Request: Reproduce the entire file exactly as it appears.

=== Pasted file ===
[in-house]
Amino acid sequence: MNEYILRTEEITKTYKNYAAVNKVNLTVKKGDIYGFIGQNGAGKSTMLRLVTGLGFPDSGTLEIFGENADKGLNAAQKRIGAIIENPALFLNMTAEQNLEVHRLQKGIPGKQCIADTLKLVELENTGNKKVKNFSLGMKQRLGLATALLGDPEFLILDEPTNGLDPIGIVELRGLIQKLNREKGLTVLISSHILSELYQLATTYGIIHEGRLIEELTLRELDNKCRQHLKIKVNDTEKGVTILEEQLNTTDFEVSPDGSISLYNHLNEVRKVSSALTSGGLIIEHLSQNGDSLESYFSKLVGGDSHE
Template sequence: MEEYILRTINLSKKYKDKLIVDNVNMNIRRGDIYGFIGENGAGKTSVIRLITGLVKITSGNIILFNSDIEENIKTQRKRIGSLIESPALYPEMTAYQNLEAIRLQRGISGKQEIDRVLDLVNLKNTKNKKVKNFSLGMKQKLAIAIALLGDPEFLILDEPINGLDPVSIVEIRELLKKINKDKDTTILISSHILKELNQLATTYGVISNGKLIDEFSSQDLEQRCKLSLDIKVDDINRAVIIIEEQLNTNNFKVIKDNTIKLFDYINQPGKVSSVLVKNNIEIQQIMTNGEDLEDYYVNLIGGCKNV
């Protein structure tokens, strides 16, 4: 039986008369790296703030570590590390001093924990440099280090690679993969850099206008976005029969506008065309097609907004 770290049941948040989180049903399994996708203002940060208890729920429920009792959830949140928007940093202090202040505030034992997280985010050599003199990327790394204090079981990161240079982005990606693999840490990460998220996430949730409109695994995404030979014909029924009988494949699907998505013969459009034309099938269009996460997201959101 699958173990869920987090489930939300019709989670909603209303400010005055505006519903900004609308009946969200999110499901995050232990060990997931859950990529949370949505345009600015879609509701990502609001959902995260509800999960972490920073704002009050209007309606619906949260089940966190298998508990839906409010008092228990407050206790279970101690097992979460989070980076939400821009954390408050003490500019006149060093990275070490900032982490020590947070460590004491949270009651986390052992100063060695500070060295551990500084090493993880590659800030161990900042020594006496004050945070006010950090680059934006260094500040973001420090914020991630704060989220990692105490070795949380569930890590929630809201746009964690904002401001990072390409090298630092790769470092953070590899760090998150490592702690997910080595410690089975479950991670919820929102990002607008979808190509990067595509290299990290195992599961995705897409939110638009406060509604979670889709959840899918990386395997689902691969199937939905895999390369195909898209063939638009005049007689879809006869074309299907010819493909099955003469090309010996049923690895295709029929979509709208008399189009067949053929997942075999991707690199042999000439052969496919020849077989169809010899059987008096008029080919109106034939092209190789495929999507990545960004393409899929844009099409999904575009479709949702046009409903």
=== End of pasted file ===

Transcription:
[in-house]
Amino acid sequence: MNEYILRTEEITKTYKNYAAVNKVNLTVKKGDIYGFIGQNGAGKSTMLRLVTGLGFPDSGTLEIFGENADKGLNAAQKRIGAIIENPALFLNMTAEQNLEVHRLQKGIPGKQCIADTLKLVELENTGNKKVKNFSLGMKQRLGLATALLGDPEFLILDEPTNGLDPIGIVELRGLIQKLNREKGLTVLISSHILSELYQLATTYGIIHEGRLIEELTLRELDNKCRQHLKIKVNDTEKGVTILEEQLNTTDFEVSPDGSISLYNHLNEVRKVSSALTSGGLIIEHLSQNGDSLESYFSKLVGGDSHE
Template sequence: MEEYILRTINLSKKYKDKLIVDNVNMNIRRGDIYGFIGENGAGKTSVIRLITGLVKITSGNIILFNSDIEENIKTQRKRIGSLIESPALYPEMTAYQNLEAIRLQRGISGKQEIDRVLDLVNLKNTKNKKVKNFSLGMKQKLAIAIALLGDPEFLILDEPINGLDPVSIVEIRELLKKINKDKDTTILISSHILKELNQLATTYGVISNGKLIDEFSSQDLEQRCKLSLDIKVDDINRAVIIIEEQLNTNNFKVIKDNTIKLFDYINQPGKVSSVLVKNNIEIQQIMTNGEDLEDYYVNLIGGCKNV
């Protein structure tokens, strides 16, 4: 039986008369790296703030570590590390001093924990440099280090690679993969850099206008976005029969506008065309097609907004 770290049941948040989180049903399994996708203002940060208890729920429920009792959830949140928007940093202090202040505030034992997280985010050599003199990327790394204090079981990161240079982005990606693999840490990460998220996430949730409109695994995404030979014909029924009988494949699907998505013969459009034309099938269009996460997201959101 699958173990869920987090489930939300019709989670909603209303400010005055505006519903900004609308009946969200999110499901995050232990060990997931859950990529949370949505345009600015879609509701990502609001959902995260509800999960972490920073704002009050209007309606619906949260089940966190298998508990839906409010008092228990407050206790279970101690097992979460989070980076939400821009954390408050003490500019006149060093990275070490900032982490020590947070460590004491949270009651986390052992100063060695500070060295551990500084090493993880590659800030161990900042020594006496004050945070006010950090680059934006260094500040973001420090914020991630704060989220990692105490070795949380569930890590929630809201746009964690904002401001990072390409090298630092790769470092953070590899760090998150490592702690997910080595410690089975479950991670919820929102990002607008979808190509990067595509290299990290195992599961995705897409939110638009406060509604979670889709959840899918990386395997689902691969199937939905895999390369195909898209063939638009005049007689879809006869074309299907010819493909099955003469090309010996049923690895295709029929979509709208008399189009067949053929997942075999991707690199042999000439052969496919020849077989169809010899059987008096008029080919109106034939092209190789495929999507990545960004393409899929844009099409999904575009479709949702046009409903």